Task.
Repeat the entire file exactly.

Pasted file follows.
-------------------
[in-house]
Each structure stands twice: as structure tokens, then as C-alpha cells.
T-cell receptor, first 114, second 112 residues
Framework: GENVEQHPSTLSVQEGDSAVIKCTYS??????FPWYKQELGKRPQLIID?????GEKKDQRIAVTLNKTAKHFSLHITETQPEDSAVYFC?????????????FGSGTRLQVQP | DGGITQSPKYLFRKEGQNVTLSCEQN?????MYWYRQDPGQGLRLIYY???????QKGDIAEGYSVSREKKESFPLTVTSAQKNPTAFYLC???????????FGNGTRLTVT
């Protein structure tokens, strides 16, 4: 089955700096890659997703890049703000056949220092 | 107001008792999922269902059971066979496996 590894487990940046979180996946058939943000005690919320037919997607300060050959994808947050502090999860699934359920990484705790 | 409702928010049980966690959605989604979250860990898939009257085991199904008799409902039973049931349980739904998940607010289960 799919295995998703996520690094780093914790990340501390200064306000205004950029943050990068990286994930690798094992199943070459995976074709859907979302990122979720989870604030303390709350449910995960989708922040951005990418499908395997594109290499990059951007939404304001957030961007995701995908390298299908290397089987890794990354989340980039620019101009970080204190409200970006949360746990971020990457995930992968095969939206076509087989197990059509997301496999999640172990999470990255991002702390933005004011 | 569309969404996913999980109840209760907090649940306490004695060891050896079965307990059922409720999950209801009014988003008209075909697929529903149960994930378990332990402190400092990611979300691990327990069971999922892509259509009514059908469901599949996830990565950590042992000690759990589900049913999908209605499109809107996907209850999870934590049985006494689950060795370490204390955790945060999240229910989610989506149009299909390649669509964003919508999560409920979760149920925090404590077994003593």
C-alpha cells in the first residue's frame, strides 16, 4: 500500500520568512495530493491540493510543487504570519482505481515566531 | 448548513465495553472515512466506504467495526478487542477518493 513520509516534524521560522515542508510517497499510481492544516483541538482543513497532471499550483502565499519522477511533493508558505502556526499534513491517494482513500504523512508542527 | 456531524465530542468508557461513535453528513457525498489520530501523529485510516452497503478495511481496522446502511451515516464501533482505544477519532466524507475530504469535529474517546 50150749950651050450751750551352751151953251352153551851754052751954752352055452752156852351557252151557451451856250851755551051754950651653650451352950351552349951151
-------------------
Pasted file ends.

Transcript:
[in-house]
Each structure stands twice: as structure tokens, then as C-alpha cells.
T-cell receptor, first 114, second 112 residues
Framework: GENVEQHPSTLSVQEGDSAVIKCTYS??????FPWYKQELGKRPQLIID?????GEKKDQRIAVTLNKTAKHFSLHITETQPEDSAVYFC?????????????FGSGTRLQVQP | DGGITQSPKYLFRKEGQNVTLSCEQN?????MYWYRQDPGQGLRLIYY???????QKGDIAEGYSVSREKKESFPLTVTSAQKNPTAFYLC???????????FGNGTRLTVT
């Protein structure tokens, strides 16, 4: 089955700096890659997703890049703000056949220092 | 107001008792999922269902059971066979496996 590894487990940046979180996946058939943000005690919320037919997607300060050959994808947050502090999860699934359920990484705790 | 409702928010049980966690959605989604979250860990898939009257085991199904008799409902039973049931349980739904998940607010289960 799919295995998703996520690094780093914790990340501390200064306000205004950029943050990068990286994930690798094992199943070459995976074709859907979302990122979720989870604030303390709350449910995960989708922040951005990418499908395997594109290499990059951007939404304001957030961007995701995908390298299908290397089987890794990354989340980039620019101009970080204190409200970006949360746990971020990457995930992968095969939206076509087989197990059509997301496999999640172990999470990255991002702390933005004011 | 569309969404996913999980109840209760907090649940306490004695060891050896079965307990059922409720999950209801009014988003008209075909697929529903149960994930378990332990402190400092990611979300691990327990069971999922892509259509009514059908469901599949996830990565950590042992000690759990589900049913999908209605499109809107996907209850999870934590049985006494689950060795370490204390955790945060999240229910989610989506149009299909390649669509964003919508999560409920979760149920925090404590077994003593």
C-alpha cells in the first residue's frame, strides 16, 4: 500500500520568512495530493491540493510543487504570519482505481515566531 | 448548513465495553472515512466506504467495526478487542477518493 513520509516534524521560522515542508510517497499510481492544516483541538482543513497532471499550483502565499519522477511533493508558505502556526499534513491517494482513500504523512508542527 | 456531524465530542468508557461513535453528513457525498489520530501523529485510516452497503478495511481496522446502511451515516464501533482505544477519532466524507475530504469535529474517546 50150749950651050450751750551352751151953251352153551851754052751954752352055452752156852351557252151557451451856250851755551051754950651653650451352950351552349951151